iED & Keele Uni call for engineers to help solve NHS & healthcare issues amid COVID-19 pandemic
02 April 2020
IED & Keele University professor calls for engineers to help solve NHS & healthcare issues amid coronavirus pandemic_580x280
A new project, the Engineers for the NHS initiative, has been launched by the iED, in conjunction with Keele University, to unite engineers & designers from across the world to help solve challenges deriving from the COVID-19 coronavirus pandemic.
Professor Peter Ogrodnik, a biomedical engineer from Keele University, is leading the project in collaboration with the Institution of Engineering Designers (iED), who are calling for engineers and designers to join them and help tackle some of the biggest issues and immediate challenges affecting the NHS and care providers – which could include creating a device to enable a frail person to accept a food parcel, the mass production of ventilators or testing surgical masks after they've been sterilised. This is in addition to the initiative established by the Royal Academy of Engineering, which is coordinating top-down challenges from the NHS and government.
The NHS and other care providers across the world are suffering under the pressure of the COVID-19 outbreak. The project, called Engineers for the NHS, will enable engineers, designers and institutions to collaborate on challenges sent directly from the NHS or from other care providers across the world.
Professor Ogrodnik, an expert in healthcare technologies from Keele University’s School of Pharmacy & Bioengineering, said: “As (teaching & research) institutions, we have access to some of the best engineering design minds in the world, some of whom are at home with time on their hands. We are proposing that they could offer some of their spare time to a coordinated provision of engineers and designers, focused on solving problems deriving from the COVID-19 outbreak. Clearly the ventilator shortage is foremost in everyone’s minds, but there are other issues too – many of which can be solved by the collective thoughts of engineers across the world.”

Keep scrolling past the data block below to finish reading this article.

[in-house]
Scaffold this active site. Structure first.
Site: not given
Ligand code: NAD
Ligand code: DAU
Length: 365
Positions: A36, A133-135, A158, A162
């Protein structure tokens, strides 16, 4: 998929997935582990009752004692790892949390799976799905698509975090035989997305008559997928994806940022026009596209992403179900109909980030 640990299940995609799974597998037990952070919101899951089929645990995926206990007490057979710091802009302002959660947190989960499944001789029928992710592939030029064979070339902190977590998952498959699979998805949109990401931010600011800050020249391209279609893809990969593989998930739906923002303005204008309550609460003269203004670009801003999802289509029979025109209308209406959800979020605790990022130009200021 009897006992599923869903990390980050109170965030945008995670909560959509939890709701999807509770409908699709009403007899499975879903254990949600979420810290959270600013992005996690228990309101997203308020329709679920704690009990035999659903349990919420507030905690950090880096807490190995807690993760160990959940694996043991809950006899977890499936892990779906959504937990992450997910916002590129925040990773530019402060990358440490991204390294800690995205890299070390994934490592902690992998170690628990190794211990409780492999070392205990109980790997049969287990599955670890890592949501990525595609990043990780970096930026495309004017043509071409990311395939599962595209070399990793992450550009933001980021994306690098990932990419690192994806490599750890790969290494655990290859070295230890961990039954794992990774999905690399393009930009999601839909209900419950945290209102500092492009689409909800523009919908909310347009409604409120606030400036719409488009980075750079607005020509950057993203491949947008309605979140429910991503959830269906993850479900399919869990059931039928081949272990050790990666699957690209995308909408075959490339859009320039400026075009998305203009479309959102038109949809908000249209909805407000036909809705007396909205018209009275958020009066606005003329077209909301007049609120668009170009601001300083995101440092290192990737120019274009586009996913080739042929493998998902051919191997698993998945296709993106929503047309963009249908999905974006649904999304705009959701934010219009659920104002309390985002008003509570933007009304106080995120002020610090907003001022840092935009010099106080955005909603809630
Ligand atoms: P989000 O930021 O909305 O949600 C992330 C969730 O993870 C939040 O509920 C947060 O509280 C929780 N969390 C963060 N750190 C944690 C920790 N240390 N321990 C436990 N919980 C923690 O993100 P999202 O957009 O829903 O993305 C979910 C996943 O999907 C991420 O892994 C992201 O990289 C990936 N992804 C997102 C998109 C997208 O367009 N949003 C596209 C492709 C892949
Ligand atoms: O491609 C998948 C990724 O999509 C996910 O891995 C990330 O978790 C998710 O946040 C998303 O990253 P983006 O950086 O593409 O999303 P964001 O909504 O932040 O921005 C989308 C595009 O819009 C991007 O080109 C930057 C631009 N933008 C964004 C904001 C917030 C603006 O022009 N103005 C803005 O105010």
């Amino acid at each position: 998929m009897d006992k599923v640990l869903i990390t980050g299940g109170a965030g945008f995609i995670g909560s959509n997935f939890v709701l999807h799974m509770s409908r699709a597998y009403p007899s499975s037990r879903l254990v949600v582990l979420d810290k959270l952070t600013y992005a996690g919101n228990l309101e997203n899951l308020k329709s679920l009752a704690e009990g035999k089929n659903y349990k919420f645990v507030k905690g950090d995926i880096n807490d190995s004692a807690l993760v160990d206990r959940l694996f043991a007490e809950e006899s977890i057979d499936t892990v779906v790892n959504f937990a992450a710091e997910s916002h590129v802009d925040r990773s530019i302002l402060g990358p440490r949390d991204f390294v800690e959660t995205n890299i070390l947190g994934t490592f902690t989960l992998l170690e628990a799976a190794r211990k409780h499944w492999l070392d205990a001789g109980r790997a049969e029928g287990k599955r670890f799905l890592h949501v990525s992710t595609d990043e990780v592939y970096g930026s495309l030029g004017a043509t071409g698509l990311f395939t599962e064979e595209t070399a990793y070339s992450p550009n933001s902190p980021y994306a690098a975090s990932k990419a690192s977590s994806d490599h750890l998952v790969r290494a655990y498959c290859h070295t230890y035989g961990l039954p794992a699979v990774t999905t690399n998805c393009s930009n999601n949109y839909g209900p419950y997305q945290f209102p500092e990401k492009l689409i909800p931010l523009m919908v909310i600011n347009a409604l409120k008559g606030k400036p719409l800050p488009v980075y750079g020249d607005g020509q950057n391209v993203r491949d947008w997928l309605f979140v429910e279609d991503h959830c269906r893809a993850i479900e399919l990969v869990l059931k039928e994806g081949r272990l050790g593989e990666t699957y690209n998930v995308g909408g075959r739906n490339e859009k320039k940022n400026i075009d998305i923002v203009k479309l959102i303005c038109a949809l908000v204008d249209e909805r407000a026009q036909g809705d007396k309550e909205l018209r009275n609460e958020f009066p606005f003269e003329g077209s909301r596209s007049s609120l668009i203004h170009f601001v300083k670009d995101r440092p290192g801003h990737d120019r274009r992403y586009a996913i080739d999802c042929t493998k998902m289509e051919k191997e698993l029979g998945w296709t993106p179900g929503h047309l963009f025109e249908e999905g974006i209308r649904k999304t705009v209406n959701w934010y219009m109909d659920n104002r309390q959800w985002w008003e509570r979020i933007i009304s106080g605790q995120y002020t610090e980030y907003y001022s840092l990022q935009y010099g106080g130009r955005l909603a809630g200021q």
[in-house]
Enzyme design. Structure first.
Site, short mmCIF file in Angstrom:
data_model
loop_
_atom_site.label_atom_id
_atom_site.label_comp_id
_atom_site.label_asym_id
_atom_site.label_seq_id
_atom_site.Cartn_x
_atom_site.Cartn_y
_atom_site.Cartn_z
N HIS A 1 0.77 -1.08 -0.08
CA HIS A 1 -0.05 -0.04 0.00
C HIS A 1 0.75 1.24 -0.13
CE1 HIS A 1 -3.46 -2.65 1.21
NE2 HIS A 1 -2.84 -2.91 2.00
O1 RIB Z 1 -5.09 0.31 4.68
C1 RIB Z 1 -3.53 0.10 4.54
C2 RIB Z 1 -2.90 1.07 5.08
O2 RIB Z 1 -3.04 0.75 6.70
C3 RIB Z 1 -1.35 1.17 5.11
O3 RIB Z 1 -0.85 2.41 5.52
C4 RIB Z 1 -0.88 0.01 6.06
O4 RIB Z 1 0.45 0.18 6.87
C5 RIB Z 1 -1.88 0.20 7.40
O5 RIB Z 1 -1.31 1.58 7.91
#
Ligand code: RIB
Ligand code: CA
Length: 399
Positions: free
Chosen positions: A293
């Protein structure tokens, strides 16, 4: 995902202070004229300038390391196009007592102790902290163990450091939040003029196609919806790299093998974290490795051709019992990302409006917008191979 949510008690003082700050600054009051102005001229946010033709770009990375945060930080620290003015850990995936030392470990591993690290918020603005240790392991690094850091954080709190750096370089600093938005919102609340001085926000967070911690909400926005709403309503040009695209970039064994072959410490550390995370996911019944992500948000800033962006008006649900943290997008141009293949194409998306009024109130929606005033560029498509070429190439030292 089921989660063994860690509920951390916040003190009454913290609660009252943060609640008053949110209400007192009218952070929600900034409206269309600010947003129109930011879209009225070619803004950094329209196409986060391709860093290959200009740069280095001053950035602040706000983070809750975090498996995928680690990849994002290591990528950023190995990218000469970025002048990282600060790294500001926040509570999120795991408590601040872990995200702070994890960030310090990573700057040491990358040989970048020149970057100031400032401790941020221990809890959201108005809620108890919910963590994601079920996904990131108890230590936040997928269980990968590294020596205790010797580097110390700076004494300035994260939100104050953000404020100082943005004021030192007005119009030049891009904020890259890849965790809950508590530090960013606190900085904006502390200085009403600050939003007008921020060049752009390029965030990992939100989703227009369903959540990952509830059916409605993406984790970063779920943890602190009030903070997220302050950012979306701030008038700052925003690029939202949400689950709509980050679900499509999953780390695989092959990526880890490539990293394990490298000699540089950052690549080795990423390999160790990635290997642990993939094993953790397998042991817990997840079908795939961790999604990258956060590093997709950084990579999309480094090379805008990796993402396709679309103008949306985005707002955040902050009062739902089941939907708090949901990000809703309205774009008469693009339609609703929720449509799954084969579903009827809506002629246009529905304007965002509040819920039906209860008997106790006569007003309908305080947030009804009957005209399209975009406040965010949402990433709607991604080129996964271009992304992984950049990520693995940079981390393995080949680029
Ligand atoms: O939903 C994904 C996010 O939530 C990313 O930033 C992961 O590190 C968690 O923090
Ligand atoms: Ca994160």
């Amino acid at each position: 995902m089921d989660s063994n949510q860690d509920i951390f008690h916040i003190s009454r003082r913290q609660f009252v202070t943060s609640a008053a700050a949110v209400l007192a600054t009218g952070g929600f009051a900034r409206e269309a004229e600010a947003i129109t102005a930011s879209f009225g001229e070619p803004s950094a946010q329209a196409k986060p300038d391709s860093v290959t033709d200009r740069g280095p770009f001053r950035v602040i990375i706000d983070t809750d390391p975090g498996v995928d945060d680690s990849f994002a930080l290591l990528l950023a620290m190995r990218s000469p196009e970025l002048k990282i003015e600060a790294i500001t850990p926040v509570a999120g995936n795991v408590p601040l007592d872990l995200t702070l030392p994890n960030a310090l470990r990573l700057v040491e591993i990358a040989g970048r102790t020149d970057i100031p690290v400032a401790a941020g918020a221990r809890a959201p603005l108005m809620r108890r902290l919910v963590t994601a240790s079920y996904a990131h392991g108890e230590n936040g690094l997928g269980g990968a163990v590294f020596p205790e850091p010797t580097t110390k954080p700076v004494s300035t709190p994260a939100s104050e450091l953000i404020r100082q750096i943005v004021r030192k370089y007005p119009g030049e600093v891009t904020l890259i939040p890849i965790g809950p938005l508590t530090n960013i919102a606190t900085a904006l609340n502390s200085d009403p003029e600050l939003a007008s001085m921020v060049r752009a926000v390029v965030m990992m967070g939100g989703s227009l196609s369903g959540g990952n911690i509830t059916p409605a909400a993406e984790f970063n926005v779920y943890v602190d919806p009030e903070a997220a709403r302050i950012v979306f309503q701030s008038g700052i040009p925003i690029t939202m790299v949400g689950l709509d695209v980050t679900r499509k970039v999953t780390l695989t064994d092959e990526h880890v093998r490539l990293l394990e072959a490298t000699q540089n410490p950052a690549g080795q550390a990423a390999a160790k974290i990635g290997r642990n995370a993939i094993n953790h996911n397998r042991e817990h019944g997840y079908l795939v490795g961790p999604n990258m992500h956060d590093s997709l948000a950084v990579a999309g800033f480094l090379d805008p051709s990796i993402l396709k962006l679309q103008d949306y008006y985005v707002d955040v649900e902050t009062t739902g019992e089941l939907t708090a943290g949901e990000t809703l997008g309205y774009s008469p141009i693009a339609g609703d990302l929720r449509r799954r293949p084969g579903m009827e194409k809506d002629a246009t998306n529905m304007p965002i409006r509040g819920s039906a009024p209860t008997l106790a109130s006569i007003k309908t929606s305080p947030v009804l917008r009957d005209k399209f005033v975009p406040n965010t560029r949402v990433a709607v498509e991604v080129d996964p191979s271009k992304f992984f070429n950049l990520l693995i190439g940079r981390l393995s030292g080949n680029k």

Libby Meyrick, Chief Executive Officer for the Institution of Engineering Designers, said: “Unless our engineers and designers know of the issue, no solution can be forthcoming. We therefore intend to lead a project that enables all of our members to collaborate on problems sent directly from the NHS, or from other care providers across the globe. We would like institutions to enable their engineers to volunteer in this international effort.”
The project has launched a new webpage for engineers to sign up to volunteer and will be available for the NHS and care providers to submit their issues they need support with. The problems the initiatives received will then be filtered through to different groups of engineers across the UK.
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